Nowadays I read mostly history and non-fiction, since most popular fiction gets on my nerves; I have no patience for the globe-spanning adventure novel where six parties are in hectic, desperate competition to learn the secret of James Polk’s Diary, and I am tired of Nazis as well. The sheer number of plots and secret weapons and hidden protocols is just amazing, really; the Germans really were quite busy. Not an idle moment, those lads. Of course, the truth was a bit less impressive – just reading “Agent Zigzag” gives you a feel for the languor and drunkenness and general aimless stupidity that characterized so much of the Reich. They weren’t all Prussian aristocrats with monocles standing in front of a roaring fire while the Wagner played, spitting out orders to cowering superiors.
I ended up buying a Walter Mosley novel, taking great care not to by one of the experimental numbers. Stick with Easy Rawlins, and you’re safe. While travelling last month I read a mystery whose cover promised many twists and turns, and sure enough, it had many twists and turns. Strap yourself in, it's a white-knuckle rollercoaster ride! - USA Today. I'm tempted to write a thriller about a rollercoaster ride just to see how it gets blurbed. Nothing compares in recent memory to "Agent Zigzag." The blurb – by Alex Beam, a fine writer with whom I crossed swords a few years back, but a man who knows good work – called it simply “the greatest book ever written,” and while I suspect this was a cheerful obvious exaggeration, he’s right.
What’s it about, you ask? A low-level crook ends up in jail in WW2, on the Jersey Islands; the Nazis invade; he gets shipped to a camp in France, volunteers to spy for the Germans, goes back to England, and offers to be a double agent.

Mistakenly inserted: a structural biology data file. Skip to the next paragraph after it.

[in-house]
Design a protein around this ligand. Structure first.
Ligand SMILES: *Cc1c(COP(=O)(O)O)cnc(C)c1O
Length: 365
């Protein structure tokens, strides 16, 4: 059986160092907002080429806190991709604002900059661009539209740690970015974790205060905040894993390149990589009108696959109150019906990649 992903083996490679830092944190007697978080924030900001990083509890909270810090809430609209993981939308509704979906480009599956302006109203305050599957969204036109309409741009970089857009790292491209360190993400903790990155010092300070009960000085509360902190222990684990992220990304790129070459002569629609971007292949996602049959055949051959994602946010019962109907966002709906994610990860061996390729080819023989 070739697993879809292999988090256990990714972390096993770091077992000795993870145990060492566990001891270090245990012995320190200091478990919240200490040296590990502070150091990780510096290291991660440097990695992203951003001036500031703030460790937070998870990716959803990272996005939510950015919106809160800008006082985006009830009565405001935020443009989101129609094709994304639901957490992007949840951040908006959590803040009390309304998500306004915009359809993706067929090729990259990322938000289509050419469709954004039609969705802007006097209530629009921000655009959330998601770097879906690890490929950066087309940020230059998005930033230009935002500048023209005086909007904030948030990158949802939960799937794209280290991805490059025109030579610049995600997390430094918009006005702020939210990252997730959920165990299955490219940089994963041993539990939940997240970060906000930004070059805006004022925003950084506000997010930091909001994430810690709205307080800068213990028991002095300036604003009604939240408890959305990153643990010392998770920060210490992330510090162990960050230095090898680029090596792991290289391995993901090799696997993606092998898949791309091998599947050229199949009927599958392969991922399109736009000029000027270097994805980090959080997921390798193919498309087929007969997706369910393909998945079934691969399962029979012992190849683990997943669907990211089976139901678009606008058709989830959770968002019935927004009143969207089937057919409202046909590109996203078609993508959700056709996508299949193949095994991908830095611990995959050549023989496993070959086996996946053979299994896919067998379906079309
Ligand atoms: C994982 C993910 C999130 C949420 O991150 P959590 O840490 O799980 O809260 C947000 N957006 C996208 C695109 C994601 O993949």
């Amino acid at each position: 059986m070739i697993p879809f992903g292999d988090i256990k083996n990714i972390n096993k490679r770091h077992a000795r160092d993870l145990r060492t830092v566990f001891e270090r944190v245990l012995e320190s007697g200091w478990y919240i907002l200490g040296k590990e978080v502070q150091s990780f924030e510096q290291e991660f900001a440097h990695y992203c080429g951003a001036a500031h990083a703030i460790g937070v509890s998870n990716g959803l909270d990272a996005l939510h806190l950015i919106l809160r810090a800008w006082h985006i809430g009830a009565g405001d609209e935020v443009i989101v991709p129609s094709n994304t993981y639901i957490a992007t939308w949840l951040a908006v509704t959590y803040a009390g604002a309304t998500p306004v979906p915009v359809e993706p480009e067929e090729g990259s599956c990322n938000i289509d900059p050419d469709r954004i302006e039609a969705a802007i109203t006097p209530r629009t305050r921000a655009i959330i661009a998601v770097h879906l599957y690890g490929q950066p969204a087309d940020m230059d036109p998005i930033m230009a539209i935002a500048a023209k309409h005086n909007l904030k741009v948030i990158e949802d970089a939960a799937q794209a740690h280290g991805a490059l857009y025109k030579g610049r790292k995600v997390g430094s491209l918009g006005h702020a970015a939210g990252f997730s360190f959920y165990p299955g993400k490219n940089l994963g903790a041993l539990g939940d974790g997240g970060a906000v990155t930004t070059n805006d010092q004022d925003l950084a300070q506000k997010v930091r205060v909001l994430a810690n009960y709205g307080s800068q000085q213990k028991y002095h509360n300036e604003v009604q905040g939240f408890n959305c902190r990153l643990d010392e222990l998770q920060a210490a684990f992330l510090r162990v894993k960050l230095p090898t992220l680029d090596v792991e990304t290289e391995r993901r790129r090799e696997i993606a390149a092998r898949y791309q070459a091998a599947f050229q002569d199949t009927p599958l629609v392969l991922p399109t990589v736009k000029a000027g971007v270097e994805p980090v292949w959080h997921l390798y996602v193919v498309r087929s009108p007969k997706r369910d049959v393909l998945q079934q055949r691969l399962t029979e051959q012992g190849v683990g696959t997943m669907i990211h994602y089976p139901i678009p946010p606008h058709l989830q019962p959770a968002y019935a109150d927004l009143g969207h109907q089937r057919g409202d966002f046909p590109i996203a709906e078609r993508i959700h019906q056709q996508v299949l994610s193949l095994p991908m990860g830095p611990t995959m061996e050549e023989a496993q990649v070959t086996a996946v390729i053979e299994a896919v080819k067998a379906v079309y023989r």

Then it gets odd. Oh: true story. The twists, the characters, and the series of payoffs that conclude the book are stunning, extraordinary and remarkable. (Note to USA Today: royalty payments for those words will be in the mail tomorrow.) The bare facts are sufficiently compelling, but the writing has the same buoyant charm as its protagonist. There’s another new book on the same subject, too – I just saw it. Gave it a look. Earnest but leagues below “Agent Zigzag” – the author must have had a Salieri moment when he leafed through his competition.
Weekend movies: Watched “American Gangster.” Your basic crime-lord drama, “based on a true story.” (Loosely. I do not recommend googling the main characters before watching the movie.) Like all movies of its genre, it uses the pop music of its period to lend a good-time spirit to the up-and-coming phase of the protagonist’s life. Because everyone in the past was always listening to music. It’s like making a movie about young Napoleon with a constant soundtrack of fifes and violins.
The last scene shows the drug lord – no, kingpin; drug lords are usually Colombian, right? - played by Denzel Washington leaving jail, forgotten, broke, an uncertain future ahead. A little googling showed that he’s still around – and he runs a Foundation. His daughter, who entered the witness protection probram, has awebsite. For children. Whose parents are in jail. I don’t know about you, but Daddy Be Good just breaks my heart.
Speaking of crime and punishment:
The first portion of the long-promised Lance Lawson archive is up – fifty strips, all previously published at buzz.mn. Fifty! The “100 Mysteries” project also has its own site, here.